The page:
37. New Challenges III … Deafness with Directional MAC

  38. Deafness • Node N initiates communication to S • S does not respond as S is beamformed toward D • N cannot classify cause of failure • Can be collision or deafness M Data S D RTS N

  39. Channel Underutilized • Collision: N must attempt less often • Deafness: N should attempt more often • Misclassification incurs penalty (similar to TCP) M Data S D RTS N Deafness not a problem with omnidirectional antennas

  40. Deafness and “Deadlock” • Directional sensing and backoff ... • Causes S to always stay beamformed to D • X keeps retransmitting to S without success • Similarly Z to X  a “deadlock” Z DATA RTS S D RTS X

  41. New Challenges IV … MAC-Layer Capture The bottleneck to spatial reuse

  42. Capture • Typically, idle nodes remain in omni mode • When signal arrives, nodes get engaged in receiving the packet • Received packet passed to MAC • If packet not meant for that node, it is dropped Wastage because the receiver could accomplish useful communication instead of receiving the unproductive packet

  43. C C D D A B A B B and D beamform to receive arriving signal Capture Example Both B and D are omni when signal arrives from A

  44. Outline / Contribution • Antenna Systems  A closer look • New challenges with beamforming antennas • Design of MAC and Routing protocols • MMAC, ToneDMAC, CaDMAC • DDSR, CaRP • Cross-Layer protocols – Anycasting • Improved understanding of theoretical capacity • Experiment with prototype testbed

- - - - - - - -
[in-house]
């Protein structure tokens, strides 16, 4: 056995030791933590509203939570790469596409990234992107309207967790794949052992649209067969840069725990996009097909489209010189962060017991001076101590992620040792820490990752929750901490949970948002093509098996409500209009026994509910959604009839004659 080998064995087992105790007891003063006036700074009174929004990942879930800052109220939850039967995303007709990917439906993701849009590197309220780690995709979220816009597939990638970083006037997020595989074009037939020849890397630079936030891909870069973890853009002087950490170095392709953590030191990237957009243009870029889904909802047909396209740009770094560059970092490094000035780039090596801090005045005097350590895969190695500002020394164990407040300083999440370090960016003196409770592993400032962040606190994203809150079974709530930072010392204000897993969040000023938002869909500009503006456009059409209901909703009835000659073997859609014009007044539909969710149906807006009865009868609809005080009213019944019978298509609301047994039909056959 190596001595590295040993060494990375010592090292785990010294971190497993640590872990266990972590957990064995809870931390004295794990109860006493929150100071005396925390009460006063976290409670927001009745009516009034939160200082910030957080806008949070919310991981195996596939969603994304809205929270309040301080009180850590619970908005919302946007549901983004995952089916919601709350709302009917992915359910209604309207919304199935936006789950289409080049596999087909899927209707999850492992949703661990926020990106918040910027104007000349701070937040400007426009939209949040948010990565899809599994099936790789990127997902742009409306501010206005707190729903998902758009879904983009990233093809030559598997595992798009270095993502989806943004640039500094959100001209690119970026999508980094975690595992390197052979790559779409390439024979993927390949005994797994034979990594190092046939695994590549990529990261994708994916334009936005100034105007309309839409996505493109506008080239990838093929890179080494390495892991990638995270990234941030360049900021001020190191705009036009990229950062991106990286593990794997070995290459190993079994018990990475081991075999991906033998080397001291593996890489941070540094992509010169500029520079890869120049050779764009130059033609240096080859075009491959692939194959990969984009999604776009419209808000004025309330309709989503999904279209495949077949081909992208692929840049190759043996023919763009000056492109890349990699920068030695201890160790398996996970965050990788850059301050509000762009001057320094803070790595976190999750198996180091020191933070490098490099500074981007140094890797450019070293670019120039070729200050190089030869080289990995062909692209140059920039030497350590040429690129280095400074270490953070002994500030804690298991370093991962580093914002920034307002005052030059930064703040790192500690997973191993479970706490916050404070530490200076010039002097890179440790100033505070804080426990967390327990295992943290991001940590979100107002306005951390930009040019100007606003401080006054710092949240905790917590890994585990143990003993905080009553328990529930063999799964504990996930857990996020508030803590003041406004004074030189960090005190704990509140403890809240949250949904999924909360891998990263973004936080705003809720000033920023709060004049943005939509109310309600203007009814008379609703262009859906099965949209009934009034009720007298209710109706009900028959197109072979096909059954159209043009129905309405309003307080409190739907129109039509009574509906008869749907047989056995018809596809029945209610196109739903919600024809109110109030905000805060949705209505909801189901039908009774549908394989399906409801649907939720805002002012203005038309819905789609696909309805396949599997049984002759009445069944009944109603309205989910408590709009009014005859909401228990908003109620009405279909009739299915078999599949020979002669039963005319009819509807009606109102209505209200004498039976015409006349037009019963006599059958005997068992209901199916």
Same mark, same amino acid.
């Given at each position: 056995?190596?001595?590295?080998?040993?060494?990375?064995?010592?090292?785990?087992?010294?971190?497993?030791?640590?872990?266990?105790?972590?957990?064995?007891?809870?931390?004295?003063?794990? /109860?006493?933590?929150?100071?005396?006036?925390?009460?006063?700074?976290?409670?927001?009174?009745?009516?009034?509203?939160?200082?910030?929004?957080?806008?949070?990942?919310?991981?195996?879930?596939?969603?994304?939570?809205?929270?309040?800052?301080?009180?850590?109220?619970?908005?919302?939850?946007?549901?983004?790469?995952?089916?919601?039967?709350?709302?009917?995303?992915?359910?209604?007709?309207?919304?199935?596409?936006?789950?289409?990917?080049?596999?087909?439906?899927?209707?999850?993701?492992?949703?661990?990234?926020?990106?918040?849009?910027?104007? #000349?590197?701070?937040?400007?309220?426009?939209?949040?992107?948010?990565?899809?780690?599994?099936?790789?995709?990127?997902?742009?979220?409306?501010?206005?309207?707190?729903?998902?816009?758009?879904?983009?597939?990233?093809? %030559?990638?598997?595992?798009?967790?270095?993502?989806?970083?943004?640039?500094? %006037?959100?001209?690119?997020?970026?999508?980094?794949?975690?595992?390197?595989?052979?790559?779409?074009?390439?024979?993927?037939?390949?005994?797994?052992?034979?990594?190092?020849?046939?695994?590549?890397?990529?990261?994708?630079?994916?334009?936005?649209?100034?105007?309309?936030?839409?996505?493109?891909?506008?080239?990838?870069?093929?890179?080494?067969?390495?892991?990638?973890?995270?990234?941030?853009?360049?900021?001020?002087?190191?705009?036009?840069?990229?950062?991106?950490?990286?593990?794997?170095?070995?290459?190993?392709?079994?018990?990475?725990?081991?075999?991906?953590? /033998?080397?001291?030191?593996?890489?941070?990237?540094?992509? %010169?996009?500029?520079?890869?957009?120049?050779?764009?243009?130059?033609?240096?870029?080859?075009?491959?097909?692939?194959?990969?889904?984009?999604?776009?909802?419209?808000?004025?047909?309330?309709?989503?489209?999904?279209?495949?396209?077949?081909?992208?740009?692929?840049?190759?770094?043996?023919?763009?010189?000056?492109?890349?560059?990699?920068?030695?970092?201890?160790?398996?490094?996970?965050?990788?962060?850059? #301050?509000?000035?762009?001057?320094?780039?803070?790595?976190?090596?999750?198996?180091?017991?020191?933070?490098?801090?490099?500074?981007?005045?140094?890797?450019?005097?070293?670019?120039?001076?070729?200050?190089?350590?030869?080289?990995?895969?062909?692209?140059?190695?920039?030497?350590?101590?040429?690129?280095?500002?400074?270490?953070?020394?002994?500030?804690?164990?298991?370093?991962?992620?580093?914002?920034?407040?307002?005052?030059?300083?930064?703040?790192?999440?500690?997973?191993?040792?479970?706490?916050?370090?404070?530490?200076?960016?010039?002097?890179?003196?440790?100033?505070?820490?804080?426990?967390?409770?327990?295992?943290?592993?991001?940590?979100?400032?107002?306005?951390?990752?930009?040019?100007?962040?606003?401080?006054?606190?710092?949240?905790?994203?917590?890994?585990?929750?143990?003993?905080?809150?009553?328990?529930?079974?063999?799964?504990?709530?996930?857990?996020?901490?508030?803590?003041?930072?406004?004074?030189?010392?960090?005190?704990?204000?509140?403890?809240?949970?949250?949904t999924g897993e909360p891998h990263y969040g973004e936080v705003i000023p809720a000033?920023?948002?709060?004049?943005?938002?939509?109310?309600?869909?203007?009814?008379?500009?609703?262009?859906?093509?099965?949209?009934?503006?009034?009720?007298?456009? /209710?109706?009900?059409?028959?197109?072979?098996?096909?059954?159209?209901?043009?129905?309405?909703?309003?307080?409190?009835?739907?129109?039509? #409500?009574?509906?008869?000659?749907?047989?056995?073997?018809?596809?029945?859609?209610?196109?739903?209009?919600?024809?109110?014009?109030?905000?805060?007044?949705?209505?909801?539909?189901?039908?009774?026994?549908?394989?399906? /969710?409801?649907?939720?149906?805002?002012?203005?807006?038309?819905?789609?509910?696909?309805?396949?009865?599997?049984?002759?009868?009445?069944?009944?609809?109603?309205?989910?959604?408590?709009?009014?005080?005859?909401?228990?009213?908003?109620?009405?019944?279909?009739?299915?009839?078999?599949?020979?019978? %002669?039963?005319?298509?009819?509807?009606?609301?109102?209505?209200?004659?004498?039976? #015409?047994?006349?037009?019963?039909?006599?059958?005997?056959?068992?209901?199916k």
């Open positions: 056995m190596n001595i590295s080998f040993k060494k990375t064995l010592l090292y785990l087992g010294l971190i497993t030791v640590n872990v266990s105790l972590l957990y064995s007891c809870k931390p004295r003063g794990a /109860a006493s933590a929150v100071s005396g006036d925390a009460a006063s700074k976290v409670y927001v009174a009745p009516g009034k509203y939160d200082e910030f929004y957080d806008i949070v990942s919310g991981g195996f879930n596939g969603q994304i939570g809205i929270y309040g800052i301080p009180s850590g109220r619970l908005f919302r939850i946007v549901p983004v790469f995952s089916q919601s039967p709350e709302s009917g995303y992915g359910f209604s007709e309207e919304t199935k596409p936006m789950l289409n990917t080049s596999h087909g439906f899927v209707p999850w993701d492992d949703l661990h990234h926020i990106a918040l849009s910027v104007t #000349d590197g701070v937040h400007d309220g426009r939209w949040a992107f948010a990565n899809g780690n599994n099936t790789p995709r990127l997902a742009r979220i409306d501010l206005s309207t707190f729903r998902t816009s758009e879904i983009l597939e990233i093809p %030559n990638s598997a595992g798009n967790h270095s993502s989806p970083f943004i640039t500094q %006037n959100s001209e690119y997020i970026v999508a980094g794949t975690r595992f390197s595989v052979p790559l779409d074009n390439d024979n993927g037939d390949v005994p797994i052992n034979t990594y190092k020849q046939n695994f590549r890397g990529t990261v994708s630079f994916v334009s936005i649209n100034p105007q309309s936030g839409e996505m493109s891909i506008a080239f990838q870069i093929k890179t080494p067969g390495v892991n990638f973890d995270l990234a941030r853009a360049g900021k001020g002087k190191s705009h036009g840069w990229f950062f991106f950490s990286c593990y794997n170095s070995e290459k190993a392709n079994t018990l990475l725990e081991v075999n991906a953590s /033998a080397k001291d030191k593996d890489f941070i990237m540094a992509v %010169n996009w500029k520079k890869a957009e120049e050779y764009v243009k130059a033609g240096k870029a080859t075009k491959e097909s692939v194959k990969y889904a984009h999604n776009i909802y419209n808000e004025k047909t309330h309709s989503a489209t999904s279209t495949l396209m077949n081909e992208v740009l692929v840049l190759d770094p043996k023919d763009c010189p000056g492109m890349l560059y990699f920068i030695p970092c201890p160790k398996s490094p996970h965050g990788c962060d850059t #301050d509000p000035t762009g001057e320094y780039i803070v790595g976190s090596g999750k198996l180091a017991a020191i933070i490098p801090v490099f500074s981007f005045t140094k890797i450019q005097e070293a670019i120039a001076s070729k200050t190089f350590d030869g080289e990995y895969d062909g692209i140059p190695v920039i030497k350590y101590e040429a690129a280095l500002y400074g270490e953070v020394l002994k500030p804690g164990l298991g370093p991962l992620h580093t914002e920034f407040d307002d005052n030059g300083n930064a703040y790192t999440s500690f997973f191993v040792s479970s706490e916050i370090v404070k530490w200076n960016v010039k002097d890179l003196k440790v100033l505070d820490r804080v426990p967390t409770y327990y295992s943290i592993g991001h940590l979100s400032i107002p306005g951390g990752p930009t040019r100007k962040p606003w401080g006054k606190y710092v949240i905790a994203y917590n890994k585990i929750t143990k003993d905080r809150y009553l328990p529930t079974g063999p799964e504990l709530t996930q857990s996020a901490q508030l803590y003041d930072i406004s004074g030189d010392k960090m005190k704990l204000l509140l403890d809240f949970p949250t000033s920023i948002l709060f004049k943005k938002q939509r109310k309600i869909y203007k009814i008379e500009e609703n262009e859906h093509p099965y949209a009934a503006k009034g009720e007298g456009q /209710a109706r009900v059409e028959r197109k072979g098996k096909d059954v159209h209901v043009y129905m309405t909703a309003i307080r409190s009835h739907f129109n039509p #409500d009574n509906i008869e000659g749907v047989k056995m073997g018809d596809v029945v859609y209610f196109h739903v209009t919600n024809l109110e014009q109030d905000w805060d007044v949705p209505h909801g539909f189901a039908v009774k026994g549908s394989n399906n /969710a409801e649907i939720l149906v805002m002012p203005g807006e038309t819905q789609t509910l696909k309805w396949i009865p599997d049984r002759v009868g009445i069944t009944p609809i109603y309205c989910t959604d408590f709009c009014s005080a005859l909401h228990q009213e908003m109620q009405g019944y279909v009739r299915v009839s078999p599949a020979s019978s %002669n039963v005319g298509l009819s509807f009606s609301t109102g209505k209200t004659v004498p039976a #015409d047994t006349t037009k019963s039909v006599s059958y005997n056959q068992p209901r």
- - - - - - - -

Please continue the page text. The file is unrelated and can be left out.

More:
45. C C D D A B A B Impact of Capture Beamforming for transmission and reception only is not sufficient Antenna control necessary during idle state also

  46. MAC Layer Solution • Capture-Aware MAC (CaDMAC) • D monitors all incident traffic • Identifies unproductive traffic • Beams that receive only unproductive packets are turned off • However, turning beams off can prevent useful communication in future C D A B

  47. CaDMAC Time Cycles • CaDMAC turns off beams periodically • Time divided into cycles • Each cycle consists of • Monitoring window + 2.Filtering window cycle 1 2 1 2 1 2 time All beams remain ON, monitors unproductive beams Node turns OFF unproductive beams while it is idle. Can avoid capture

  48. C D A B CaDMAC Communication C • Transmission / Reception uses only necessary single beam • When node becomes idle, it switches back to appropriate beam pattern • Depending upon current time window D A B

  49. Spatial Reuse in CaDMAC • During Monitoring window, idle nodes are omni C D E A B F

  50. Spatial Reuse in CaDMAC • At the end of Monitoring window CaDMAC identifies unproductive links C D E A B F